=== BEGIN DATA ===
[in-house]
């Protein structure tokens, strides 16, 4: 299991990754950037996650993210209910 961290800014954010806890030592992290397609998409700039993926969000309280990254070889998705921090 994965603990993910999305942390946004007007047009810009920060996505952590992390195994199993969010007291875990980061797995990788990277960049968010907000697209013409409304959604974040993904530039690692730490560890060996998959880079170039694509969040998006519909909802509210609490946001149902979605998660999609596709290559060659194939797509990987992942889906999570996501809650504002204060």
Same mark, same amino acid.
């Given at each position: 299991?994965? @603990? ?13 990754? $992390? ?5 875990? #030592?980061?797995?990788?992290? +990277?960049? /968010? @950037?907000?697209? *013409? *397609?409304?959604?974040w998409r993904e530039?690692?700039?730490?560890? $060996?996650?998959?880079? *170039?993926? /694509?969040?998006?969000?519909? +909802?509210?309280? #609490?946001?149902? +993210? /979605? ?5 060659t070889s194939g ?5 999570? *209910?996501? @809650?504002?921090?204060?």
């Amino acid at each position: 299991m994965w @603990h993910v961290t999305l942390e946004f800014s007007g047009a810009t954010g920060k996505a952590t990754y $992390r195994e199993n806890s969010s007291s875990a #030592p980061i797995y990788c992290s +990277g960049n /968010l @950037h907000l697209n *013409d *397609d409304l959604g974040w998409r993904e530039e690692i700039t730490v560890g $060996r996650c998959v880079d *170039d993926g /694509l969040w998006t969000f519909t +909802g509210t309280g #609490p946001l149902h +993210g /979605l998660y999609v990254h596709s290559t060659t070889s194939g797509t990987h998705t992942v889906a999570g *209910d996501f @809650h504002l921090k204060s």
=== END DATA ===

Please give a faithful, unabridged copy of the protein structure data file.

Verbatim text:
[in-house]
């Protein structure tokens, strides 16, 4: 299991990754950037996650993210209910 961290800014954010806890030592992290397609998409700039993926969000309280990254070889998705921090 994965603990993910999305942390946004007007047009810009920060996505952590992390195994199993969010007291875990980061797995990788990277960049968010907000697209013409409304959604974040993904530039690692730490560890060996998959880079170039694509969040998006519909909802509210609490946001149902979605998660999609596709290559060659194939797509990987992942889906999570996501809650504002204060």
Same mark, same amino acid.
């Given at each position: 299991?994965? @603990? ?13 990754? $992390? ?5 875990? #030592?980061?797995?990788?992290? +990277?960049? /968010? @950037?907000?697209? *013409? *397609?409304?959604?974040w998409r993904e530039?690692?700039?730490?560890? $060996?996650?998959?880079? *170039?993926? /694509?969040?998006?969000?519909? +909802?509210?309280? #609490?946001?149902? +993210? /979605? ?5 060659t070889s194939g ?5 999570? *209910?996501? @809650?504002?921090?204060?």
């Amino acid at each position: 299991m994965w @603990h993910v961290t999305l942390e946004f800014s007007g047009a810009t954010g920060k996505a952590t990754y $992390r195994e199993n806890s969010s007291s875990a #030592p980061i797995y990788c992290s +990277g960049n /968010l @950037h907000l697209n *013409d *397609d409304l959604g974040w998409r993904e530039e690692i700039t730490v560890g $060996r996650c998959v880079d *170039d993926g /694509l969040w998006t969000f519909t +909802g509210t309280g #609490p946001l149902h +993210g /979605l998660y999609v990254h596709s290559t060659t070889s194939g797509t990987h998705t992942v889906a999570g *209910d996501f @809650h504002l921090k204060s």